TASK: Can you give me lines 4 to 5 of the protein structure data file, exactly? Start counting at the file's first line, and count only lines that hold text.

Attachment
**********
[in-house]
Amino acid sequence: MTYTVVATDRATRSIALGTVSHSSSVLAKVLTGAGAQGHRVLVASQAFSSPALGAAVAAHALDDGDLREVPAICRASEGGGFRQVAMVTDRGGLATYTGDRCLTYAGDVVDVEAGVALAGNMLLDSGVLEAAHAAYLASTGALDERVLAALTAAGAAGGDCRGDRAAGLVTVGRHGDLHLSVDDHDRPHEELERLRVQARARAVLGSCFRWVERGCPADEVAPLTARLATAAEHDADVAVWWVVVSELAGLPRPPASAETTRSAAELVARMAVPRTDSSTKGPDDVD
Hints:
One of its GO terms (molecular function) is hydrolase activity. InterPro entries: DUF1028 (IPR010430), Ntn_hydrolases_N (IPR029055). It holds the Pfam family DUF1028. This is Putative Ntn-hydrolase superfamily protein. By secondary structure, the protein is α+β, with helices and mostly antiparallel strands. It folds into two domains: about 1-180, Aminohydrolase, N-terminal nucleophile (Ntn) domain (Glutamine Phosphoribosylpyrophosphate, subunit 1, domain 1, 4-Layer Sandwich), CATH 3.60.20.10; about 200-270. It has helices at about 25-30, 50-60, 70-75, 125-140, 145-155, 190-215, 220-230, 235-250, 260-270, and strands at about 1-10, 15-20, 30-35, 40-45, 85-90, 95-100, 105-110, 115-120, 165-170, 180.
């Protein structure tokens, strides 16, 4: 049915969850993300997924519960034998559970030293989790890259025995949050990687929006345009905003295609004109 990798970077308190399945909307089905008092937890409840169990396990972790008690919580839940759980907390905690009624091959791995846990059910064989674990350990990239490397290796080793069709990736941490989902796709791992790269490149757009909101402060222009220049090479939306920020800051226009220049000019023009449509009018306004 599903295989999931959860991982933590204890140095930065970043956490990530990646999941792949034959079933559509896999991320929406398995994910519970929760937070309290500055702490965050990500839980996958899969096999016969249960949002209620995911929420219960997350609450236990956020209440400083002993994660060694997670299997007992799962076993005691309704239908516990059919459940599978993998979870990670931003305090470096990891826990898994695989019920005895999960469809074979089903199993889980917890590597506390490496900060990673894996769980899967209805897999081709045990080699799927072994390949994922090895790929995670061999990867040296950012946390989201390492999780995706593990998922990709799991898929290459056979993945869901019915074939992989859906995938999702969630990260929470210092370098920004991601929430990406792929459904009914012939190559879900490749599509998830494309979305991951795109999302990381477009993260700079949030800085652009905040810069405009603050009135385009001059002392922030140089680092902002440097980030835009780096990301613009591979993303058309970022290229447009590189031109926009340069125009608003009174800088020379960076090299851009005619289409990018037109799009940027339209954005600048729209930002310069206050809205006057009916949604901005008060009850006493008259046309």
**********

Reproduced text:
One of its GO terms (molecular function) is hydrolase activity. InterPro entries: DUF1028 (IPR010430), Ntn_hydrolases_N (IPR029055). It holds the Pfam family DUF1028. This is Putative Ntn-hydrolase superfamily protein. By secondary structure, the protein is α+β, with helices and mostly antiparallel strands. It folds into two domains: about 1-180, Aminohydrolase, N-terminal nucleophile (Ntn) domain (Glutamine Phosphoribosylpyrophosphate, subunit 1, domain 1, 4-Layer Sandwich), CATH 3.60.20.10; about 200-270. It has helices at about 25-30, 50-60, 70-75, 125-140, 145-155, 190-215, 220-230, 235-250, 260-270, and strands at about 1-10, 15-20, 30-35, 40-45, 85-90, 95-100, 105-110, 115-120, 165-170, 180.
């Protein structure tokens, strides 16, 4: 049915969850993300997924519960034998559970030293989790890259025995949050990687929006345009905003295609004109 990798970077308190399945909307089905008092937890409840169990396990972790008690919580839940759980907390905690009624091959791995846990059910064989674990350990990239490397290796080793069709990736941490989902796709791992790269490149757009909101402060222009220049090479939306920020800051226009220049000019023009449509009018306004 599903295989999931959860991982933590204890140095930065970043956490990530990646999941792949034959079933559509896999991320929406398995994910519970929760937070309290500055702490965050990500839980996958899969096999016969249960949002209620995911929420219960997350609450236990956020209440400083002993994660060694997670299997007992799962076993005691309704239908516990059919459940599978993998979870990670931003305090470096990891826990898994695989019920005895999960469809074979089903199993889980917890590597506390490496900060990673894996769980899967209805897999081709045990080699799927072994390949994922090895790929995670061999990867040296950012946390989201390492999780995706593990998922990709799991898929290459056979993945869901019915074939992989859906995938999702969630990260929470210092370098920004991601929430990406792929459904009914012939190559879900490749599509998830494309979305991951795109999302990381477009993260700079949030800085652009905040810069405009603050009135385009001059002392922030140089680092902002440097980030835009780096990301613009591979993303058309970022290229447009590189031109926009340069125009608003009174800088020379960076090299851009005619289409990018037109799009940027339209954005600048729209930002310069206050809205006057009916949604901005008060009850006493008259046309």